HUYNH THI HONG HOA CLASS: CDA STUDENT NO. : 140929001 THE DISCOURSE- HISTORICAL APPROACH An introduction: The Discourse-Historical Approach is a set of analytical tools developed by Ruth Wodak and her colleagues under the framework of Norman Fairclough’s Critical Discourse Analysis. In the Discourse-Historical Approach, Wodak and her colleagues assume a dialectical relationship between discourse and the particular social world it is embedded in, including situations, institutional frames, and social structures. There are some basic concepts that have been used in the Discourse-Historical Approach. They will be explained respectively as the followings: Critique: Critique has many different meanings according to Frankfurt School, literary criticism
These theories underpin many of the factors that contributed to the development of modern society as we know it today and give a comprehensive account of the social changes during the 19th to 20th century. The book has separate chapters on the various components of social change in modern society, and one chapter Called Modernity and Social Movements written by sociologist Ron Eyerman, is and essay of the differences between old and new social movements in the modern world. This source sheds light on the distinct differences between old and new social movements and also why the new social movements differ from the old ones. The source discusses the difference between industrial society and post-industrial
INTRODUCTION This assignment is set up into two parts. The first part will be the theoretical part, where we will be discussing the concept of the chosen topic, Diversity Management. We as a group will collect definitions from various sources in order to get a broader understanding of Diversity Management. Thereafter we will look at the analytical part of Diversity Management. We will then elaborate on a case study of our choice in order for us to illustrate the concept of Diversity Management.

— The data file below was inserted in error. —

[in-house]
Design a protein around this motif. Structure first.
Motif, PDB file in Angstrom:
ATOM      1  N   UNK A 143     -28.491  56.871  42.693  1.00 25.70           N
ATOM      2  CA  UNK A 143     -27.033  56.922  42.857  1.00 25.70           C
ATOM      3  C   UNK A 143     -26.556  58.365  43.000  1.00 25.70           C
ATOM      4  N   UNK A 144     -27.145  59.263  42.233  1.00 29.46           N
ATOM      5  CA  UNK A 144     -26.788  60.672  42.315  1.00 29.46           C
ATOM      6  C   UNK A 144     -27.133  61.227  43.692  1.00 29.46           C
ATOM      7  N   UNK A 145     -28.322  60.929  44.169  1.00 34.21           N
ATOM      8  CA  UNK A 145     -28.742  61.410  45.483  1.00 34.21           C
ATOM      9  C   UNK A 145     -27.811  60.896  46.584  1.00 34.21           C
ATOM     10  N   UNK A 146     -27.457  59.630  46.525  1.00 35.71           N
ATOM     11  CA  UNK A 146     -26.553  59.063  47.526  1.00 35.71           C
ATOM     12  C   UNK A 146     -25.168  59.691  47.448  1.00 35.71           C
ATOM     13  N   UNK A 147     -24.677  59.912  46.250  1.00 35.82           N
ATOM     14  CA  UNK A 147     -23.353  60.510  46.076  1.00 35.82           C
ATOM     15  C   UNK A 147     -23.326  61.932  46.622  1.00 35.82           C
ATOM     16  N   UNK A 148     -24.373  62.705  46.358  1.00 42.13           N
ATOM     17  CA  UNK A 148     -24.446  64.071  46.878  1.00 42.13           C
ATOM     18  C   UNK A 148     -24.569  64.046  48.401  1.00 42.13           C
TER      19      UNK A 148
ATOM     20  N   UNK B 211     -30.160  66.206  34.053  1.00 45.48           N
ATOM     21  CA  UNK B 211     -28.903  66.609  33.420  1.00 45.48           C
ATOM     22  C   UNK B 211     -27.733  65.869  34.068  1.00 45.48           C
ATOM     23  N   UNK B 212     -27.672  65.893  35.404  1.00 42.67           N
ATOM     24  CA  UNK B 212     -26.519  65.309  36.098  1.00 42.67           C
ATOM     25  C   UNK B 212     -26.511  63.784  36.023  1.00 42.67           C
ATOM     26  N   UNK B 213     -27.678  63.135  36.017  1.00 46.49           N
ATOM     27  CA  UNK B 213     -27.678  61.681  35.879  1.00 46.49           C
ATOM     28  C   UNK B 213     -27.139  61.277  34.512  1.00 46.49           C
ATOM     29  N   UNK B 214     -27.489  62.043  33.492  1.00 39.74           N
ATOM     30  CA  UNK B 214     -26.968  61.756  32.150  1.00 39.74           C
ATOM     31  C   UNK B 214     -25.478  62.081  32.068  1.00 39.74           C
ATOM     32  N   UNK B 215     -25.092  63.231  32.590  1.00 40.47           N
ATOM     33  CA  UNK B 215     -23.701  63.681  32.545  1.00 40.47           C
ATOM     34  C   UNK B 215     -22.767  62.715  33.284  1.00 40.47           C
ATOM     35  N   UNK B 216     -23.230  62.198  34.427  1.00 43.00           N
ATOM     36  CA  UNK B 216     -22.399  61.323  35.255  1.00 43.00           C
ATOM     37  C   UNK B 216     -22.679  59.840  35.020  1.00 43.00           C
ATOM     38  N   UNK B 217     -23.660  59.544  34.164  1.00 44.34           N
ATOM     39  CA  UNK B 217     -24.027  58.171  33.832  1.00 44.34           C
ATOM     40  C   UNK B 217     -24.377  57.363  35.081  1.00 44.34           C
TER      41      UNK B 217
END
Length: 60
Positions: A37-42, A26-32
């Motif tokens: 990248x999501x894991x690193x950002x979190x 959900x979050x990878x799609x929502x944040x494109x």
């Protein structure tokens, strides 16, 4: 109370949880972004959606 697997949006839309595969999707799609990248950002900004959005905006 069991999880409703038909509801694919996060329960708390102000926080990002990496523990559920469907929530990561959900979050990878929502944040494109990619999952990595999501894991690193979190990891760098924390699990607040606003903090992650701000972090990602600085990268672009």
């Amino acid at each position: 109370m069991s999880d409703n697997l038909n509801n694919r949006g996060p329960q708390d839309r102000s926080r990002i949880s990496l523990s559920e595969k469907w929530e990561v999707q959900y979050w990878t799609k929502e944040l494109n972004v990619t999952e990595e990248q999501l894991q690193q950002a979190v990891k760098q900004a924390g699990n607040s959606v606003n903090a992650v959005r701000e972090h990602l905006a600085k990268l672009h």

In reality, all over the 20th century, functionalist researches have supported major developments in Human Resource practices. The practices therefore have a strong association with the thought of control. 3.2.2 Interpretive Interpretive refers to the general category of theory, which includes labeling, symbolic interactionism, ethno methodology, social constructionism and phenomenology. The fundamental concern of the theory is creating a meaning as it seeks to understand how members of a given society define a situation. Typically, it is constructed with structural theories that claim to remove subjectivity of the researcher and therefore assuming that one can understand human behavior by adjusting structural forces.
Second, each small group will be re-categorized into some groups which have similarities. Last, some big groups will be theorized based on the theoretical data. Figure 2 is an example which shows one predicted data of the interview related to my research question. (Saiki, C.S., 2008) Each procedure of data analysis with grounded theory approach is as follows; Property and Dimension Property and dimension can be defined as the components of the matter. We would be able to know what the phenomenon or fact actually is by finding property and dimension.